Raccoon Tracks in the Snow

Due to some temperature ups and downs, when I went for my walk Saturday afternoon there was only a light coating of snow on the ground. (This is no longer the case, thanks to a snowstorm Sunday night.) Animal tracks show up beautifully clear and sharp in half an inch of snow, and even the tracks of common species can be fun to find, photograph, and follow.

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Based on the size and shape, I’m pretty sure these are raccoon tracks. Skunk tracks look similar but are smaller, and I don’t think the pattern is right for a fisher. You can see the five long toes on both the front and hind feet (the tracks with the bigger, longer pads are the hind feet) and the dots left by the claws.

On the same walk I found the tracks of deer, red squirrels, gray squirrels, mice, a small weasel of some sort (we have long-tailed, short-tailed, and least all here), and something that I think was probably a fox. The woods are full of life, and if you play detective you can always find clues, even if you rarely see the animals themselves.

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Shoo!

Often visiting school groups here will have campfires for their kids after dark, and last night it was my job to make sure the fire was really, truly, completely out before I went to bed. (They have a nasty habit of re-igniting during the night if the wind comes up.) By nine-thirty, the students were back in the dorm packing and getting ready for bed, but several parent chaperons were still socializing around the fire. Fine with me; I watched TV in the staff lounge and poked my head out the door during commercials to see if they were done yet, in no hurry as long as I had a new episode of Bones to keep me entertained.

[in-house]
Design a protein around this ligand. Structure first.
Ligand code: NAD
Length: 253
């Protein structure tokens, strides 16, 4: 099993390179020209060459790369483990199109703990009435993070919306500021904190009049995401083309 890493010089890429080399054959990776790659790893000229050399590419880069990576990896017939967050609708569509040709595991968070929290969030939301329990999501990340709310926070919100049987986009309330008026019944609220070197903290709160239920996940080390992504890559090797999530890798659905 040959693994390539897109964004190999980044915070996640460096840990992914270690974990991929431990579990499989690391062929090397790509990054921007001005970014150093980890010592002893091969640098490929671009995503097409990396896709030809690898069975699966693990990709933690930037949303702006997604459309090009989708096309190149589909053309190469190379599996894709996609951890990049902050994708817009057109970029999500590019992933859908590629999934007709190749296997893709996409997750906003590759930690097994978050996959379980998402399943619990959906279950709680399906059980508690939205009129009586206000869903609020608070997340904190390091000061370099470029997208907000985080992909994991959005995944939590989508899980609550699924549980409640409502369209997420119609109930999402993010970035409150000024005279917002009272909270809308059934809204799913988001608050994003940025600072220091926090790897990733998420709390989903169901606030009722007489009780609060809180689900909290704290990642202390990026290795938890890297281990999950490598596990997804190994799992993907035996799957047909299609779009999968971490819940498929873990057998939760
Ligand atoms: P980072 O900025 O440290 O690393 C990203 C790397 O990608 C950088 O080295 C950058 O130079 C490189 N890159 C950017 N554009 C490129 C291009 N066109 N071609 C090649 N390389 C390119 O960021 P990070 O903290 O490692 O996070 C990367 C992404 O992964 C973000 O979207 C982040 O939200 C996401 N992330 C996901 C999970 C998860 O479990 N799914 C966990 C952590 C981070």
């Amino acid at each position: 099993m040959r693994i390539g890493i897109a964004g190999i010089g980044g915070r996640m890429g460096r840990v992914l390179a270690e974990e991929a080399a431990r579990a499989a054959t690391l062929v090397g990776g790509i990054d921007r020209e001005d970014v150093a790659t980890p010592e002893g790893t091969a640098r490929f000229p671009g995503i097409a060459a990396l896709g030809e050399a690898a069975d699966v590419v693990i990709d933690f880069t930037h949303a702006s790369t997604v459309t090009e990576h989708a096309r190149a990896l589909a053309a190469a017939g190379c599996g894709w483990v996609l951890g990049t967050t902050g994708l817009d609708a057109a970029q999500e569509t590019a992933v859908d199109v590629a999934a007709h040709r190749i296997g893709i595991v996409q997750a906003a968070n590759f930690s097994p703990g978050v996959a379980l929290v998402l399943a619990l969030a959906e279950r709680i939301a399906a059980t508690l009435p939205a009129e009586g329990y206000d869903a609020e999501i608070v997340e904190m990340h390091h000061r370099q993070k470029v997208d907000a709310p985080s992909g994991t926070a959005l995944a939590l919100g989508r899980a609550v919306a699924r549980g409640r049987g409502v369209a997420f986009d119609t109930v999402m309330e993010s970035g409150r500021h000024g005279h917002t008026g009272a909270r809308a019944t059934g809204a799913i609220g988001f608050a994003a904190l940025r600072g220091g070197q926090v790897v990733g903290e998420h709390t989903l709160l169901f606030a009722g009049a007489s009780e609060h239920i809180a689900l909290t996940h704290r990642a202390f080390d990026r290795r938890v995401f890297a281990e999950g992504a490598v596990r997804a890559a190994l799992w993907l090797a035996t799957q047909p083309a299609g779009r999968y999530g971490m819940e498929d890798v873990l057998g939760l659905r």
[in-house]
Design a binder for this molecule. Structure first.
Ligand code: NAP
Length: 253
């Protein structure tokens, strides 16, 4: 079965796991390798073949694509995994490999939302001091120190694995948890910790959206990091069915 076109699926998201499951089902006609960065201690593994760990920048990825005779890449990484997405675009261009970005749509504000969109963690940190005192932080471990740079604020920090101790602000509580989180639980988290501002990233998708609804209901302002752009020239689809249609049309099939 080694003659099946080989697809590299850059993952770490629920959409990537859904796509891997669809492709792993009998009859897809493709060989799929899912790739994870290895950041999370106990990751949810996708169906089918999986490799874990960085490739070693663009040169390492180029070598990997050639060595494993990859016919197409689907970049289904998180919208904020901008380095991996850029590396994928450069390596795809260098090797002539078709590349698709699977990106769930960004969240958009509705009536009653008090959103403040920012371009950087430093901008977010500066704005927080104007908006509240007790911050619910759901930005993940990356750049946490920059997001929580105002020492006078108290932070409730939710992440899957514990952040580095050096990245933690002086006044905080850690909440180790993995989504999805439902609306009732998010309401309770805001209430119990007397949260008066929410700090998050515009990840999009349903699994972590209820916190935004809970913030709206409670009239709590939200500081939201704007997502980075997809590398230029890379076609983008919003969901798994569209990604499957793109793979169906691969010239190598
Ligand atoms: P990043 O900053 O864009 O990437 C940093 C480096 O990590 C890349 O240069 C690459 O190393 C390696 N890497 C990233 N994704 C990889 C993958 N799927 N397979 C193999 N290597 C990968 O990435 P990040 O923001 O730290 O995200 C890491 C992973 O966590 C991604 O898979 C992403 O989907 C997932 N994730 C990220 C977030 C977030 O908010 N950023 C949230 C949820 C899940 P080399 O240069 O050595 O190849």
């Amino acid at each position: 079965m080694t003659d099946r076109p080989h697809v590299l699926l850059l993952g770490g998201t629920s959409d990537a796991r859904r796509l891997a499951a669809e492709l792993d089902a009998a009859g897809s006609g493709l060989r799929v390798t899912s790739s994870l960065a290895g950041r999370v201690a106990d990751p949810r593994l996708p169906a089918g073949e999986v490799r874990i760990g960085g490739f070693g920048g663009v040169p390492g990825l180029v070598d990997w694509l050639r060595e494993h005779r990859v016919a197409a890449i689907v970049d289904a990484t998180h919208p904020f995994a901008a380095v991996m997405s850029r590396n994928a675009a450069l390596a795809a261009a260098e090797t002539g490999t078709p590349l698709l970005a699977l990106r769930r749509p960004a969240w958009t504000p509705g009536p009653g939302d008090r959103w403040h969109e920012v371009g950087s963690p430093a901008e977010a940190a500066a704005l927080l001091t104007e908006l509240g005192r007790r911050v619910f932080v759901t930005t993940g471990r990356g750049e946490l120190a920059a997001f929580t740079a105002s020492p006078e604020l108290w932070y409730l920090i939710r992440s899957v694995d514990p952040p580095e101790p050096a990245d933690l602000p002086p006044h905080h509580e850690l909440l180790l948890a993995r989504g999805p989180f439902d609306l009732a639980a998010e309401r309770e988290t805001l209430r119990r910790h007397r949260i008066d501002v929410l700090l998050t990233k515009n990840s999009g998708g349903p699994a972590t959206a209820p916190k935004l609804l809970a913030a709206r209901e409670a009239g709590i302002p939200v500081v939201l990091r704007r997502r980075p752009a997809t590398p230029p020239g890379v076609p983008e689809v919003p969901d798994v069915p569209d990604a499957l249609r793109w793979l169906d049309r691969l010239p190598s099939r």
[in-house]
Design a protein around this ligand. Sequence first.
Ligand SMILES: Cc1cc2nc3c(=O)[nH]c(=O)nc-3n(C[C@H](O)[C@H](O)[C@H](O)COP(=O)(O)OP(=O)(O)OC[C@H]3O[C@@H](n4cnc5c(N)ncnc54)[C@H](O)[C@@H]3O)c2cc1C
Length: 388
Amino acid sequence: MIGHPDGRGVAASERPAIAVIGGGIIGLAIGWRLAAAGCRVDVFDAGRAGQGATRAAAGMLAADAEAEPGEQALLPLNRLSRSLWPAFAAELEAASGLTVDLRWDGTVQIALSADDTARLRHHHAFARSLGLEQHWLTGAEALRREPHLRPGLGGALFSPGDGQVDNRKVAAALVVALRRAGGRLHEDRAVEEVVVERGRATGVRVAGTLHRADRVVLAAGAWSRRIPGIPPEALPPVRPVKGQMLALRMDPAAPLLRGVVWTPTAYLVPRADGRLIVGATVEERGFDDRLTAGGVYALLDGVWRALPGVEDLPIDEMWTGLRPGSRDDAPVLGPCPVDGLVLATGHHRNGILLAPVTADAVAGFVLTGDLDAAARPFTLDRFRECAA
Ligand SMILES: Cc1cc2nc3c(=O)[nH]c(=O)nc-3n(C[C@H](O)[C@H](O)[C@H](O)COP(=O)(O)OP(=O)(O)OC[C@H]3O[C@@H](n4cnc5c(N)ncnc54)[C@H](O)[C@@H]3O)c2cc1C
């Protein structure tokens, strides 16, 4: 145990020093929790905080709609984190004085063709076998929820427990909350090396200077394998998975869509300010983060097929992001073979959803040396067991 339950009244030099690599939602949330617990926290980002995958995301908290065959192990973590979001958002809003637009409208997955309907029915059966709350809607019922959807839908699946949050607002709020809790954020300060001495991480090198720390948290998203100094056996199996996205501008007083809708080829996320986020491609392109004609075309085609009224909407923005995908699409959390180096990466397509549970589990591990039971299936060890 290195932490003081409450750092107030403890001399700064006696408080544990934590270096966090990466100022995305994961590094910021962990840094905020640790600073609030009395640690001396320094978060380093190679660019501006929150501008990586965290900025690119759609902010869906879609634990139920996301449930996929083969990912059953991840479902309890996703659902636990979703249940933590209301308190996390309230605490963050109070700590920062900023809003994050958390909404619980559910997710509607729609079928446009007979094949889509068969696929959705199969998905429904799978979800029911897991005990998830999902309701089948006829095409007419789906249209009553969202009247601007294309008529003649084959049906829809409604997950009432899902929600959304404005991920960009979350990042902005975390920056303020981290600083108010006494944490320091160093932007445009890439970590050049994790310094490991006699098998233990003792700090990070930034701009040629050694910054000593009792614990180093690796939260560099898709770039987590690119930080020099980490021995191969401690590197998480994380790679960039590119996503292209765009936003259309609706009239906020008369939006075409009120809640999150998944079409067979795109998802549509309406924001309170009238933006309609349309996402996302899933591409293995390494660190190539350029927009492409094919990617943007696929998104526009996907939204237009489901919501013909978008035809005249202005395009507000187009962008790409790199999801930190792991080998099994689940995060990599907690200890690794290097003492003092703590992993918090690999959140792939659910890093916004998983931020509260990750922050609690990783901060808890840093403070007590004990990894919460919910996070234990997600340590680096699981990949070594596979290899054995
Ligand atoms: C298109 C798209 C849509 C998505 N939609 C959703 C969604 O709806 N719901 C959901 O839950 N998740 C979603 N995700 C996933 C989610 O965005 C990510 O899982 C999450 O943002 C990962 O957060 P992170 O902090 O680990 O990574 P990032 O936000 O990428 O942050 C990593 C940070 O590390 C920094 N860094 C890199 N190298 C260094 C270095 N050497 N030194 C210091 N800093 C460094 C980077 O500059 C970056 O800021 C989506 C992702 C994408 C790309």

The third or fourth time I peeked outside, though, I spotted a pair of raccoons raiding the garbage cans in the pavilion. I hate raccoons, at least when they’ve become habituated to humans and raid garbage cans and make messes, so I stomped across the deck toward them yelling “Go away!  Go away!” and waving my arms until the two mangy vermin finally fled toward the bushes. I watched them disappear and then turned toward the fire circle.

The parents had heard my shouting and stomping and were now watching me with alarm.  “We’re – we’re sorry,” the said.  “We’re going now.  We swear.  See, look, we’re pouring the water on the fire and everything.”

I did my best to convince them I’d been talking to the raccoons, not them.  They believed me… mostly.